When the protesting, then rioting, looting and burning, took place, I commented that

Ferguson, Missouri has about 14,000 Black residents. Watch your TV and note how many are out there rioting, looting or behaving in a disorderly manner (as opposed to protesting, which anyone is entitled to do). Is it 100 or maybe, at most, 200?

I doubt it is as much as 200 – but say that it even 300.

Now, assuming they are all locals (which probably is not true), subtract 300 from 14,000 and you get 13,700 out of 14,000. That is how many Black people in Ferguson are not rioting, looting or disorderly.

Y’know, maybe I had a point.

One other thing:  Mr. Hutchinson tells us there are 25,000 registered voters in Ferguson, Missouri.  Given that there are 21,000 residents – and I hear tell that at least some of them are too young to vote – I think he may want to revise that number downward a tad.

Moving on in his commentary, we also have this:

The reasons for the chronic past absences of blacks from the Ferguson polls in part mirror the reasons for the persistent low minority voter turnout in local and national election in past years. The oft-cited reasons are apathy, disinterest, GOP voter suppression, the sense that their vote won’t change anything, that there’s little difference between the two parties, and the inherent distrust of politicians. There’s also the deep sense that the Democratic Party routinely takes the black vote for granted and that Democratic elected officials, no matter their color, offer few tangible programs and initiatives to deal with poverty, joblessness, the stratospheric black incarceration rates, and gaping health and education racial disparities. Other than the well-publicized voter outreach and mobilization campaigns that Democrats launch in the immediate run-up to a national election, there is no sustained effort to energize and engage black voters.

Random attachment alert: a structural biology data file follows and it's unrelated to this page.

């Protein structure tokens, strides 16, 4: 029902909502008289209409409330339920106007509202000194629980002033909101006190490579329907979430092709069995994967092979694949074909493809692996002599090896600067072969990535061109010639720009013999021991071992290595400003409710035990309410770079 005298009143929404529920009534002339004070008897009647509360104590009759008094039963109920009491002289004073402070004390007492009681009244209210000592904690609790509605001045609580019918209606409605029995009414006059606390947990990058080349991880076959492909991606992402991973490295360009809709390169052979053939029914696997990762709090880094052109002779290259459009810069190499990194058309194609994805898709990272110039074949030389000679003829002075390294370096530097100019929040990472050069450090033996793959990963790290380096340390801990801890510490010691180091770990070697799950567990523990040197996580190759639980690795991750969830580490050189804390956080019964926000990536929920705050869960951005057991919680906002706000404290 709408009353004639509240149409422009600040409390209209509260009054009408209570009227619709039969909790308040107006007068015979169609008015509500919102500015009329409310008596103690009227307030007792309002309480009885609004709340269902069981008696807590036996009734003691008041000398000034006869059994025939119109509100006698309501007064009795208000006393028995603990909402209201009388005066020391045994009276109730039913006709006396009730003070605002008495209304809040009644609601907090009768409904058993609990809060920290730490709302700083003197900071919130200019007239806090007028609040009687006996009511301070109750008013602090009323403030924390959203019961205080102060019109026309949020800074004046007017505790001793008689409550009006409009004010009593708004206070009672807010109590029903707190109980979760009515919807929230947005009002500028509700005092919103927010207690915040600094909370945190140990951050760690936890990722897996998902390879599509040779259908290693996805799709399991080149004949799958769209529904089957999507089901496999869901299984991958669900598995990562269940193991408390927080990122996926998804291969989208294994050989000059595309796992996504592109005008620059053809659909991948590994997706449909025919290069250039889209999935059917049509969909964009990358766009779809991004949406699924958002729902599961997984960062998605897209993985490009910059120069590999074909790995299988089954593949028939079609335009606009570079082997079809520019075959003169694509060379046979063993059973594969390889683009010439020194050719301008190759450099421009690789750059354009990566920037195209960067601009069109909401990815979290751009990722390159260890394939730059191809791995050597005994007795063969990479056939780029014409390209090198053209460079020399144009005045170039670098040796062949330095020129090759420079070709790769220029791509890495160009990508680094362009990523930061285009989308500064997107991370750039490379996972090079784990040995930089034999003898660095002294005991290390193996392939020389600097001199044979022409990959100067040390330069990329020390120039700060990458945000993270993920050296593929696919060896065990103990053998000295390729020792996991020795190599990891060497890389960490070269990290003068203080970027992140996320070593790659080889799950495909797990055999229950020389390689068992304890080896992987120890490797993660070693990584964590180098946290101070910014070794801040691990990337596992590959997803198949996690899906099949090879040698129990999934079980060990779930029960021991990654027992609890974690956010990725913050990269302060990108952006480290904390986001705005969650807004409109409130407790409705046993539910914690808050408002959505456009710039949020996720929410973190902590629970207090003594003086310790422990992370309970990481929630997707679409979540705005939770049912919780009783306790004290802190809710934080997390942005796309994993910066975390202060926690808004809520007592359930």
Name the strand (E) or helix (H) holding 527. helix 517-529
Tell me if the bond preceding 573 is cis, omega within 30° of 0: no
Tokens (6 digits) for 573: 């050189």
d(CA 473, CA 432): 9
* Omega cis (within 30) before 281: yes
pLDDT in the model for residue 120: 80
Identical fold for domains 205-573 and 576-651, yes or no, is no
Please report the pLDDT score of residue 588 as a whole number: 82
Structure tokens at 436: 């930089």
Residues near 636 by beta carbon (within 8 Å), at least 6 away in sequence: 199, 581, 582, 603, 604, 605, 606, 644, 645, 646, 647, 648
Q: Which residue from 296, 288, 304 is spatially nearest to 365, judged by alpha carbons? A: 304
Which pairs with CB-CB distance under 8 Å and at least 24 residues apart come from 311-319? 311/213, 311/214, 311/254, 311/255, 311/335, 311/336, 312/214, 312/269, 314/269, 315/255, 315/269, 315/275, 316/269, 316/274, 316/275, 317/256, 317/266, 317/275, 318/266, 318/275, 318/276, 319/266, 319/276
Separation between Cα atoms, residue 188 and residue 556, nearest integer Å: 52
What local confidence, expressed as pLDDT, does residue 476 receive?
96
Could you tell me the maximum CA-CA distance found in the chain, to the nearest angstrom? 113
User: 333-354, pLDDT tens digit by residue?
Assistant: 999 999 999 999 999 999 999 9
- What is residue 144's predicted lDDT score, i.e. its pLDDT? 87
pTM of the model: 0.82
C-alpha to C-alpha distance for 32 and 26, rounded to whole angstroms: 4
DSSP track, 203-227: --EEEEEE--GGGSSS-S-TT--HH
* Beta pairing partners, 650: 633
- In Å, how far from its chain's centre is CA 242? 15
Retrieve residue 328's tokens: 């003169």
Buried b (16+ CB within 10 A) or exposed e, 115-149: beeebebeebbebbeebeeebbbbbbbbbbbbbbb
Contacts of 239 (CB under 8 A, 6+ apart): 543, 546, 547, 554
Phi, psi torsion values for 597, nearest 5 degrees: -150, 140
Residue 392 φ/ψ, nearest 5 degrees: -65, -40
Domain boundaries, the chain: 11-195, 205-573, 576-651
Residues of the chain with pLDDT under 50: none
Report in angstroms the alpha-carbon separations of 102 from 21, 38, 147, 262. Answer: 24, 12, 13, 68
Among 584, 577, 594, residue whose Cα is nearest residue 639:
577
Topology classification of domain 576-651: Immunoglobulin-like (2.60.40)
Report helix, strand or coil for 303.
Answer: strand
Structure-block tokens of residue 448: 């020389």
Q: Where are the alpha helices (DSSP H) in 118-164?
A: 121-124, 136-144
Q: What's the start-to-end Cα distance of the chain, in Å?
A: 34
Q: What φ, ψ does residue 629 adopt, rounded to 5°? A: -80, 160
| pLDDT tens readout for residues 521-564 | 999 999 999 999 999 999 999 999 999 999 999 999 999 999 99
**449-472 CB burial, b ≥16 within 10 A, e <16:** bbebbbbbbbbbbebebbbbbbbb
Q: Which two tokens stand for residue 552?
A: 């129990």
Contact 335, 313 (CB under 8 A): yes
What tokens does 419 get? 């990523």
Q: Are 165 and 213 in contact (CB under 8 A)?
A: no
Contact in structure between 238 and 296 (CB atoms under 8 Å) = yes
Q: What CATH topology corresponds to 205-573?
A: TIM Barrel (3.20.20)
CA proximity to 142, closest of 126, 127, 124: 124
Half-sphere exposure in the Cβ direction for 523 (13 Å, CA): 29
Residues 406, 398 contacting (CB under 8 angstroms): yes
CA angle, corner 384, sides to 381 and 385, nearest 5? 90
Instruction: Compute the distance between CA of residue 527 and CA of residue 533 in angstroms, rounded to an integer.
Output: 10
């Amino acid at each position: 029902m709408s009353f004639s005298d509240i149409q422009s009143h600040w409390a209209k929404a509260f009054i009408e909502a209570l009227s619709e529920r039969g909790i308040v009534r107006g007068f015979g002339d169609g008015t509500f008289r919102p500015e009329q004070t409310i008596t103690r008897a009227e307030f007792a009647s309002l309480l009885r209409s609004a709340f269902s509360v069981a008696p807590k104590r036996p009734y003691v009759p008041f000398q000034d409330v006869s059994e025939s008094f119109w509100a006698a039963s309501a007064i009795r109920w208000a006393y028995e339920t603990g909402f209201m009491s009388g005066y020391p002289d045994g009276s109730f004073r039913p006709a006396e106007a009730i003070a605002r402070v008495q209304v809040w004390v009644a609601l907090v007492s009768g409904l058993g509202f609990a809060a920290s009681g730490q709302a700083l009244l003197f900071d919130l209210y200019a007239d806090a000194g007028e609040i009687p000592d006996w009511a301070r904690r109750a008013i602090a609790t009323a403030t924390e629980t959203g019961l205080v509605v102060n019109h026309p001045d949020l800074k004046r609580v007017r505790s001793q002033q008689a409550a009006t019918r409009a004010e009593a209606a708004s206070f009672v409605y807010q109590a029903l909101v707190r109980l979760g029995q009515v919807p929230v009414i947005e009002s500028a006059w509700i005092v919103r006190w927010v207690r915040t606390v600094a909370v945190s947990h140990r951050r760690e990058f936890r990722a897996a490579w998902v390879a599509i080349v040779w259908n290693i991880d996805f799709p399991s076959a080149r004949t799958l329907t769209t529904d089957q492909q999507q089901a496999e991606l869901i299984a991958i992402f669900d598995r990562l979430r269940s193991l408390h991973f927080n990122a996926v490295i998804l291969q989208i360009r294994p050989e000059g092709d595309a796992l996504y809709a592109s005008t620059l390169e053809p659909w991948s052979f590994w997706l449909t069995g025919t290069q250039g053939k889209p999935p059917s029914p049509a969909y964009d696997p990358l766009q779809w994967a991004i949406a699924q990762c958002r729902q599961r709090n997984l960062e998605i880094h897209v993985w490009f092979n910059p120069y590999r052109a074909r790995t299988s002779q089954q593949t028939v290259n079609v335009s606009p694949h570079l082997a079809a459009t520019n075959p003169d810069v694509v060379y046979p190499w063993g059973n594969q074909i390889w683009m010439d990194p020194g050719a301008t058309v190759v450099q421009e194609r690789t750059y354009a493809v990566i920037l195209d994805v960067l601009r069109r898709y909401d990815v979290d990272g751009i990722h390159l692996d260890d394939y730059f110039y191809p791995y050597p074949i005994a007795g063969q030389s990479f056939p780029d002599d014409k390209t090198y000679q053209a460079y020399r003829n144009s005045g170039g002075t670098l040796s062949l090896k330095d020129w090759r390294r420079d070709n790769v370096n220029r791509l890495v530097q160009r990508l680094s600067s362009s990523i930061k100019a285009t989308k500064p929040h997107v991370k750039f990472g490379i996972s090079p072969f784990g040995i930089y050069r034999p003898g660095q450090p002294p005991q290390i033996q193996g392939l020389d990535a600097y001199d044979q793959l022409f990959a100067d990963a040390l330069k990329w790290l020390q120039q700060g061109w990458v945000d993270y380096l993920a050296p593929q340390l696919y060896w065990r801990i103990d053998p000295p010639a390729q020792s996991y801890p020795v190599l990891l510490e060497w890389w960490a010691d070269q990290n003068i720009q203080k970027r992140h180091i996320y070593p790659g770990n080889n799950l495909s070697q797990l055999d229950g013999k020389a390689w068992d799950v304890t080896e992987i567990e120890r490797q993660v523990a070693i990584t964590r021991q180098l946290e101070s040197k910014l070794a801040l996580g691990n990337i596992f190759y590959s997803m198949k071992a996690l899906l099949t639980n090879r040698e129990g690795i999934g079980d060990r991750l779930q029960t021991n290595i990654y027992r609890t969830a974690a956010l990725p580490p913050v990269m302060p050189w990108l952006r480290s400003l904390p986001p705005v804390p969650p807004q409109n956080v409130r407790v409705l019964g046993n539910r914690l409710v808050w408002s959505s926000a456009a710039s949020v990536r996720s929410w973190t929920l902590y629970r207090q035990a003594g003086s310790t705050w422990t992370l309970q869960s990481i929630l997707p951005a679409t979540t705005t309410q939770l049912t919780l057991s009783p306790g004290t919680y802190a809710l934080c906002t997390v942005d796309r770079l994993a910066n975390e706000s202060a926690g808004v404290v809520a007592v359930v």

That has to be the all-time world’s record for making excuses in one paragraph.

If Mr. Hutchinson had stopped at apathy and disinterest he’d probably be on solid ground.  Those are the usual reasons why people don’t bother to vote.

But then he stuffs everything else under the sun in there as well – including that it’s the fault of Republicans who suppress the Black vote (I’d love him to explain how they do that – I will gladly debate him on voter ID), and Democrats who own virtually all the Black vote so they take Blacks for granted.  I’m surprised he didn’t find a way to blame Independents too.

Does this remind you of the same song it reminds me of?

From West Side Story’s “Gee, Officer Krupke”:

The trouble is he’s lazy, the trouble is he drinks
The trouble is he’s crazy, the trouble is he stinks
The trouble is he’s growing, the trouble is he’s grown
Krupke, we’ve got troubles of our own

Incidentally, that song ends with the less-than-elegant line “Gee, Officer Krupke.  Krup you!”

Maybe that is the real message of Ferguson’s voting -age population to the “protesters” and their pals in the media.